Specifically, with such heavy reliance on short-term borrowing, an unexpected rise in the repo rate could force the hedge fund community to rapidly unwind potentially hundreds of billions of dollars’ worth of basis trades, placing huge pressure on the Treasury market as bonds are sold to repay loans.  Rapidly falling Treasury prices would make it harder to find buyers for these bonds, leading to a potential liquidity crisis in what is considered by many to be the safest and most liquid asset class.

Interest rates, including repo rates are at their most volatile when the market is anticipating a change in central bank policy.  Should those expectations change, the impact on short term funding rates can be massive.

As a manager of fixed income relative value portfolios, it is not uncommon for Ardea to be compared with hedge funds employing similar investment strategies, but the differences between our approach and those of the hedge funds are very significant.

Leverage is perhaps the key differentiator between relative value hedge funds and regulated strategies such as the Ardea Global Alpha Fund (UCITS), which does not employ any form of explicit leverage.  This means it does not borrow money via the repo market or any other means to invest.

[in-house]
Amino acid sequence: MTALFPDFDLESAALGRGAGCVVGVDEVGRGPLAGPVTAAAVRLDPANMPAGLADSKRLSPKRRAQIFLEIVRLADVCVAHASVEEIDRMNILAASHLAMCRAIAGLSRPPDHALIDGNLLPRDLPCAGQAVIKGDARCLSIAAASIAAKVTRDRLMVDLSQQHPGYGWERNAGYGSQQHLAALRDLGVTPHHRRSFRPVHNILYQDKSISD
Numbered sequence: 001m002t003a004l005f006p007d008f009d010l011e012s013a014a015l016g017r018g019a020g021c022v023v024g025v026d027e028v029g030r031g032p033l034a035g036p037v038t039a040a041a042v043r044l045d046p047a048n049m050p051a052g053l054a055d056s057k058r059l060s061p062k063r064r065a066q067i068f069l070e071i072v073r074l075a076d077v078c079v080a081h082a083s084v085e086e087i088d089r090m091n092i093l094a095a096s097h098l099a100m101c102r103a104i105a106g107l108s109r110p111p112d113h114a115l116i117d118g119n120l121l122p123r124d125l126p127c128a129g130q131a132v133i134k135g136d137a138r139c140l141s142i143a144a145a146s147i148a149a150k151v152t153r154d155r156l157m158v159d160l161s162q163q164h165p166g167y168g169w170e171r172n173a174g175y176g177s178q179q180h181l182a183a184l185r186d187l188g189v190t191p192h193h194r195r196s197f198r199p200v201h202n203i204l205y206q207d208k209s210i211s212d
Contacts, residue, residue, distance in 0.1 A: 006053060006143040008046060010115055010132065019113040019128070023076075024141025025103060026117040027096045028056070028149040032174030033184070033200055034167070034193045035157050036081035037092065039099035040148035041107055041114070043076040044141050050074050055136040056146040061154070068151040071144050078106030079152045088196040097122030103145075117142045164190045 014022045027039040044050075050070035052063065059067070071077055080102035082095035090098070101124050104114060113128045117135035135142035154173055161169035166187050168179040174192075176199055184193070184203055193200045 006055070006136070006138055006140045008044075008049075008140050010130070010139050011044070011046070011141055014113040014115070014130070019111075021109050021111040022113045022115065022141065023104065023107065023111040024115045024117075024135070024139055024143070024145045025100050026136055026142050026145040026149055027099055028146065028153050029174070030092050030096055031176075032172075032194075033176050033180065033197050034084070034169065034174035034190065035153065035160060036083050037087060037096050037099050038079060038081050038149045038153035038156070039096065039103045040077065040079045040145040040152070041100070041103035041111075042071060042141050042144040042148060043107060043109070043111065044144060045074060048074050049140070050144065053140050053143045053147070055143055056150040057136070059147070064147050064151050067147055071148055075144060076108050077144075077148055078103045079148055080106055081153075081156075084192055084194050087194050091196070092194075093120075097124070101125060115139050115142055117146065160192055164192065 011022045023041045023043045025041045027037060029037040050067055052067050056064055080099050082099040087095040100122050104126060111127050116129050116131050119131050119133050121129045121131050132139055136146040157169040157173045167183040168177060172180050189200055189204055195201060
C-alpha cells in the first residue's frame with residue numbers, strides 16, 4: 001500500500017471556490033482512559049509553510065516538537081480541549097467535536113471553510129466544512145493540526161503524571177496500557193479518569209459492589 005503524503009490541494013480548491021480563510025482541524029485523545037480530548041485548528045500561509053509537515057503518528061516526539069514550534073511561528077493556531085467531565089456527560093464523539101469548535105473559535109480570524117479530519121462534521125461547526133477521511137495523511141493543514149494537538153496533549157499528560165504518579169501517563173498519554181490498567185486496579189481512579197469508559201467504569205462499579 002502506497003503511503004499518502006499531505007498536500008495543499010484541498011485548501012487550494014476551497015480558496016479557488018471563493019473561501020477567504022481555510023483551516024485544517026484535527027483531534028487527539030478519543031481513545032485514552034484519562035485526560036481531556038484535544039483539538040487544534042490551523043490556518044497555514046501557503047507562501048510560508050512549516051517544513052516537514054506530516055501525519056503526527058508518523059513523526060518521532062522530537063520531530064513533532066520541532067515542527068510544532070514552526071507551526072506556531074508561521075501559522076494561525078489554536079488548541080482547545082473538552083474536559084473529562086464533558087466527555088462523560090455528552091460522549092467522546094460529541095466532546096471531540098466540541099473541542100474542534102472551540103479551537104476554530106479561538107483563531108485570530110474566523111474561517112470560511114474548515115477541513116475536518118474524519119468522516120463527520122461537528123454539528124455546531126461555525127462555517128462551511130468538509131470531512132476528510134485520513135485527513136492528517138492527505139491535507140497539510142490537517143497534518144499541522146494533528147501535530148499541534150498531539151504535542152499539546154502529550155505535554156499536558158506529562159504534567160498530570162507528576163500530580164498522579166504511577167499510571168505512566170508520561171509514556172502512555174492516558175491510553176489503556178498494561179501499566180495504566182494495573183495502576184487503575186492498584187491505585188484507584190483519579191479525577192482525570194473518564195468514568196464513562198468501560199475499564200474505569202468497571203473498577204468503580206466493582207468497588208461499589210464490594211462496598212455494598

As a sophisticated investment strategy, the Ardea Global Alpha Fund employs derivatives for efficient portfolio management and risk management, which create a form of leverage sometimes referred to as implicit leverage, but the lack of hedge fund style borrowing means the Ardea fund is not directly exposed to changes in funding rates and unlike hedge funds that employ explicit leverage, cannot invest more than 100% of investor capital in physical bonds.

Interestingly, derivatives can be employed to replicate repo style exposures. These ‘synthetic’ bond positions are just another type of derivative exposure and are most often used as a way to efficiently implement relative value strategies that involve a long (short) bond exposure versus an offsetting short (long) futures position. The risk / return profile is similar to that of a futures contract, however unlike futures contracts, the synthetic bond positions can be customised.

The regulatory environment certainly plays a part in the use of leverage.  The UCITS directive, for example, allows borrowing up to 10% of a regulated fund’s NAV, under the condition that the funds are not used for investment purposes.  Hedge funds are unregulated and therefore have no limit on leverage outside of those they place on themselves – typically meaning none.